The Original Scandinavian Crime Novel Finally Published in English After 100-Year Wait
In 2007, a jury of authors, critics, journalists and academics compiled a list of the Top 25 Norwegian crime novels of all time for the newspaper Dagbladet. In first place was Calling Out For You by Karin Fossum, the fifth in her Inspector Sejer series. In second place was a book first published in 1909 and which is almost unheard of in the English-speaking world.
Jernvognen, or The Iron Chariot in English, was written by Sven Elvestad under the pseudonym of Stein Riverton. It is widely believed to be his masterpiece from among his dozens of books and, while perhaps not technically the first ever Scandinavian crime novel, it is probably fair to say it was the first real classic of the genre and is still widely read today in Norway.
In fact, just a few years ago, Jo Nesbø was asked to compile a list of his five favourite Norwegian crime novels for the excellent Five Books website and here's what he had to say about The Iron Chariot.
'This is a classic Norwegian crime story. It was written over 100 years ago. Riverton is regarded as the founder of the modern Norwegian crime novel and he is a great writer. Somebody might think he is a bit slow and old-fashioned but I really like his style of writing. As a character himself he was very colourful and really lived the life that you would expect an author to live – sex, drugs and rock’n’roll, that kind of thing.'
He goes on to say:
'At the time he was controversial and seen as being too explicit even if it feels to us modern readers like he was only hinting at things. When I wrote my first novel I had no idea about Norwegian crime writing; it was only after that I chose to go back and read him. I saw him as a kind of source for the early crime writers.'
Remarkably, apart from what seems to be an obscure academic edition, The Iron Chariot has never been made available in English. Until now, that is.
Translator Lucy Moffatt contacted us last year to tell us about the book. She was responding to our call for translators to pitch out-of-copyright classics to us. We are a small set-up with limited funds so the option of buying translation rights to current books isn't really open to us. Instead, we offer 40% royalties to translators if we like the sound of the out-of-copyright book they pitch. Lucy's proposal was too good to turn down, as you can probably tell.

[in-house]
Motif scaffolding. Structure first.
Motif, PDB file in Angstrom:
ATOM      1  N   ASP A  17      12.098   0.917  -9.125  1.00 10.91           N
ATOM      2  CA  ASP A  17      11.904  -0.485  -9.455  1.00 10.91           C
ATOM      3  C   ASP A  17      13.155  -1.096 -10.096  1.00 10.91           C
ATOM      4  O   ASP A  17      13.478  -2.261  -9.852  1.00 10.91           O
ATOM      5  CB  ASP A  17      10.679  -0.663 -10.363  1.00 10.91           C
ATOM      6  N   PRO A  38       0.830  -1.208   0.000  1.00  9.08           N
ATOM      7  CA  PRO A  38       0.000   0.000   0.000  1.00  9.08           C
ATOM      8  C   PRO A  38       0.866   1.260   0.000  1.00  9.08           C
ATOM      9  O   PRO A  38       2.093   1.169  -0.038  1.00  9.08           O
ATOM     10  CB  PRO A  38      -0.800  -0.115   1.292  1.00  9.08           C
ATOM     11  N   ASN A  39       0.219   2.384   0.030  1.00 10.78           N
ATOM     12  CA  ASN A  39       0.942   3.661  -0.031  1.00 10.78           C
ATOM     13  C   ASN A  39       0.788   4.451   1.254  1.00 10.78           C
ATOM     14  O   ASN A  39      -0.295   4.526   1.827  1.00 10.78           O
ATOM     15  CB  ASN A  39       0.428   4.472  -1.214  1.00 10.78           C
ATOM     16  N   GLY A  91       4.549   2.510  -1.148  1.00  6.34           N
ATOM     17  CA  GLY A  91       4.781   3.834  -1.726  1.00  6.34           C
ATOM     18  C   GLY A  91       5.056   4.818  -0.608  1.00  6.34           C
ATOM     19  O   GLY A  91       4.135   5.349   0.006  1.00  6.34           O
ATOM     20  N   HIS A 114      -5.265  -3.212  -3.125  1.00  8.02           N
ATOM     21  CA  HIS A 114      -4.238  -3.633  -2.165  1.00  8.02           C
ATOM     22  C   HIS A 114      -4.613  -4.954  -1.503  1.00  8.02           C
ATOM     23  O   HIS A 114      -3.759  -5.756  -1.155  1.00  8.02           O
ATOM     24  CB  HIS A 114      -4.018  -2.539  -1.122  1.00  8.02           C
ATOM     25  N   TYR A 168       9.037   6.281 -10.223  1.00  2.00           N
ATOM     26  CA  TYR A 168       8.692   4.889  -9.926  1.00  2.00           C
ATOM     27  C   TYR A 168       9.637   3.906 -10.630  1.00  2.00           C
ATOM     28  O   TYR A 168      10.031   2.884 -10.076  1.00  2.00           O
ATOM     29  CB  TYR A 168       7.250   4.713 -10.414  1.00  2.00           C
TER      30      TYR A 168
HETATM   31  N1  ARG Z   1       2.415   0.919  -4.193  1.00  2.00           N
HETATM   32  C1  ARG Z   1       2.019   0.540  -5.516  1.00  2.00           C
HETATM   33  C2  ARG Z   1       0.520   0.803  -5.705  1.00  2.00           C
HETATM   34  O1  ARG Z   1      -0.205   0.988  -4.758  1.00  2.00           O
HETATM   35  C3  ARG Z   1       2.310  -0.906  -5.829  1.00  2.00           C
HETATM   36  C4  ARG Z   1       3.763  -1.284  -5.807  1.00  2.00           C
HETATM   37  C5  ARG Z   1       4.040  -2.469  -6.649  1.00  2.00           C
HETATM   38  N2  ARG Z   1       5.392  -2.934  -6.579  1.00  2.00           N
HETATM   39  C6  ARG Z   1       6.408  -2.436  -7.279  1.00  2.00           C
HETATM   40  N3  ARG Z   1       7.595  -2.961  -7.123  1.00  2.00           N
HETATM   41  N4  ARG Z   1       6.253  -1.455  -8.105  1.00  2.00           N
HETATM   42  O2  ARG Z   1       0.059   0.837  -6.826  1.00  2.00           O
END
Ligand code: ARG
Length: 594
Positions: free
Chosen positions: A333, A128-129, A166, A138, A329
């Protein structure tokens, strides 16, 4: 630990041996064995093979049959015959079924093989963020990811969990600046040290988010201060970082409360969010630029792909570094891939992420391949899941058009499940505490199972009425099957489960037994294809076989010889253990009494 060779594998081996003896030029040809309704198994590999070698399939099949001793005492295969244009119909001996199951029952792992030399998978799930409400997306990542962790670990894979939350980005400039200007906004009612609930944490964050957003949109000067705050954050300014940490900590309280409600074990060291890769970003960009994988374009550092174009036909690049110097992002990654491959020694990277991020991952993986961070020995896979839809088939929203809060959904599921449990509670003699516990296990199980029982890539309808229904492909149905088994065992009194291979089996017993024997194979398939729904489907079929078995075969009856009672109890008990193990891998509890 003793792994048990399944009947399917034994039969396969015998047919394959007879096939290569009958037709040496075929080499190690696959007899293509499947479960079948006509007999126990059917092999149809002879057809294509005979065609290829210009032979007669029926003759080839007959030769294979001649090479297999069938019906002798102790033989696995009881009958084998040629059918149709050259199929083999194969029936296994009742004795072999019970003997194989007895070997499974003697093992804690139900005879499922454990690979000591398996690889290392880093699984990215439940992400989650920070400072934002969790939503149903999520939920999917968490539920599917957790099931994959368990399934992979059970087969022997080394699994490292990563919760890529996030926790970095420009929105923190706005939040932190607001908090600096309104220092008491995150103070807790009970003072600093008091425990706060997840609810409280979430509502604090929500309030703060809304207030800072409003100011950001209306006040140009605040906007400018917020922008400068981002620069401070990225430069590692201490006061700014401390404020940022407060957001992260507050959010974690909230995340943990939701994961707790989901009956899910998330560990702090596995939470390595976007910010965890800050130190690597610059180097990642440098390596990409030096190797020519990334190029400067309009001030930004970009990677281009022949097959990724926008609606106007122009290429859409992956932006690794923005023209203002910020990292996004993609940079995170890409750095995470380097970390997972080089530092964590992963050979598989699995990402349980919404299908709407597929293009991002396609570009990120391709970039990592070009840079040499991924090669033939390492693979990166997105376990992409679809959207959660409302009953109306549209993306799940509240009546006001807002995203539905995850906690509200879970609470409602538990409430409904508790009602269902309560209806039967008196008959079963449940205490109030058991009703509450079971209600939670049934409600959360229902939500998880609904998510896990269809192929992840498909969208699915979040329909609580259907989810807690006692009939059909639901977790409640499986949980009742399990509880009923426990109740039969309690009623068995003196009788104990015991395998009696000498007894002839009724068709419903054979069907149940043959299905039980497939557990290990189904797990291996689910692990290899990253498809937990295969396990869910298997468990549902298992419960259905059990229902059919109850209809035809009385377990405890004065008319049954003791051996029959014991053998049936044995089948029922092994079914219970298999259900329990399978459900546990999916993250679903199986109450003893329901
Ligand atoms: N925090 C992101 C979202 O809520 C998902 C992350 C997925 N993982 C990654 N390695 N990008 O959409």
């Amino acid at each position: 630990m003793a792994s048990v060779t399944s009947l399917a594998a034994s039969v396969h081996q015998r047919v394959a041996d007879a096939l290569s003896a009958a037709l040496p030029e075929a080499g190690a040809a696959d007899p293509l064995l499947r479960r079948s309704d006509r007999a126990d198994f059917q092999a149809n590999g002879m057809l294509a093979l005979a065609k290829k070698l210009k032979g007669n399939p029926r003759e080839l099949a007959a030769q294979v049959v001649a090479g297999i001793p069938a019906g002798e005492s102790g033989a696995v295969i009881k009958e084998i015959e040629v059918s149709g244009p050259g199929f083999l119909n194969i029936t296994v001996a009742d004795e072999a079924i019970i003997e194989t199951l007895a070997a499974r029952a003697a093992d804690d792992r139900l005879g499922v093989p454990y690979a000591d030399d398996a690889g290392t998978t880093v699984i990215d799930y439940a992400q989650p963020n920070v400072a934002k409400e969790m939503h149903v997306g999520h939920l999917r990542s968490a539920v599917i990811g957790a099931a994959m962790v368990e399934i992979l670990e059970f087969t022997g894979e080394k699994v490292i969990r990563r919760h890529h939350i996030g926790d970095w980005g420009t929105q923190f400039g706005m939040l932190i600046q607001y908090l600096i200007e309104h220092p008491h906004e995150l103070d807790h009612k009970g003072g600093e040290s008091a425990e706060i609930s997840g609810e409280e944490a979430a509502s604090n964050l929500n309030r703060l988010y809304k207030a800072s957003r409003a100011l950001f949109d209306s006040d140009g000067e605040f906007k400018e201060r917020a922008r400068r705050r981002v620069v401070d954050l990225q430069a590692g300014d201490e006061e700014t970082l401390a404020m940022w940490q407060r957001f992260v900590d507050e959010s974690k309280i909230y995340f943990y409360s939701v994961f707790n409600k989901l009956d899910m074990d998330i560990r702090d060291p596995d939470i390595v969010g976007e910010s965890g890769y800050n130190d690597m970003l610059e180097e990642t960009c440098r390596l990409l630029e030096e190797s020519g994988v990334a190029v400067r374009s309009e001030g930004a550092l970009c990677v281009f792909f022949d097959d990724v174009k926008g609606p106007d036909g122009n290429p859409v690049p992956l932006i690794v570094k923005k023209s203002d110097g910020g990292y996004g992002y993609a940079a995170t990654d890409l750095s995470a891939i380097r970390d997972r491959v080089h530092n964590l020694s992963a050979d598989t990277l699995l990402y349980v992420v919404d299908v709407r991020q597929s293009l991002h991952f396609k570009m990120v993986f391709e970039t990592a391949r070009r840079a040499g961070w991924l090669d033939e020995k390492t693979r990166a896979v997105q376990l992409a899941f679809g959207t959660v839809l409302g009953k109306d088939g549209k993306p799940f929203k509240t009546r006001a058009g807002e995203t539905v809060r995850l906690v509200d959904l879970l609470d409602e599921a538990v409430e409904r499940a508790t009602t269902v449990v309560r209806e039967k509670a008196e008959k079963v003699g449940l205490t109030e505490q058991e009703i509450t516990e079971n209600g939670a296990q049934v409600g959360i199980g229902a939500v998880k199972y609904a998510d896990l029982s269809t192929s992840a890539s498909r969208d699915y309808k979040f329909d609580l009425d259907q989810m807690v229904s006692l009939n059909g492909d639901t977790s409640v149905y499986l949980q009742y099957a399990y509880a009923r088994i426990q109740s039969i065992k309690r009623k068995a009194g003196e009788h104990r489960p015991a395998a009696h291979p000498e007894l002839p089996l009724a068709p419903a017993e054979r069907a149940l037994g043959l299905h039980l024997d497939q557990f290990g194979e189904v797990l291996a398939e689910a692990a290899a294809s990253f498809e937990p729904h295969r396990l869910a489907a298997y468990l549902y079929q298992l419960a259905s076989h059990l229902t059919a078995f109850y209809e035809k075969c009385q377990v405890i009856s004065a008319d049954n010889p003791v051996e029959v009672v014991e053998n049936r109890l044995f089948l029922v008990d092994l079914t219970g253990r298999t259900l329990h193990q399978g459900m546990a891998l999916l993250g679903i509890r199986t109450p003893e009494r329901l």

But what about the book itself? Well, here is our blurb.
On a blazing hot summer’s day, holidaymakers at a guesthouse on a Norwegian island are shocked to discover a fellow guest has been found murdered out on a desolate plain. The nameless narrator, an author, was the last person to see the victim alive; shortly afterwards, he was disturbed by a noise like ‘a rattling of chains’. A local tells him this is ‘the iron chariot’, which is said to presage death.
Detective Asbjorn Krag is summoned from the capital of Kristiania, and sets about investigating the murder. When a similar death occurs on the plain, it is again preceded by the eerie sound of the iron chariot, which leaves no tracks. Mystery is added to mystery when the victim turns out to be a man believed to have died several years earlier.
Drawn unwillingly into the investigation, the narrator is puzzled by the enigmatic detective’s apparent inaction, and troubled by unfolding events. These begin to take a toll on his mental wellbeing and he sinks into a state of dread, exacerbated by mysterious happenings at the cabin where he is staying.
So profound is his unease that he feels he must leave the island. Then Krag promises to tell him the solution to the mystery…
We loved The Iron Chariot when we first read Lucy's translation. It is very much of its time, and is more Agatha Christie than Karin Fossum, but you can certainly see the first hints of the tone and style that readers have come to expect from modern Nordic Noir. And Krag is a wonderful creation, a Norwegian Columbo, of sorts.
We are pretty sure readers are going to love it too. We publish it as an ebook on 20th February and, if it takes off, we hope to be able to persuade Lucy to translate more of the Asbjørn Krag mysteries for Abandoned Bookshop.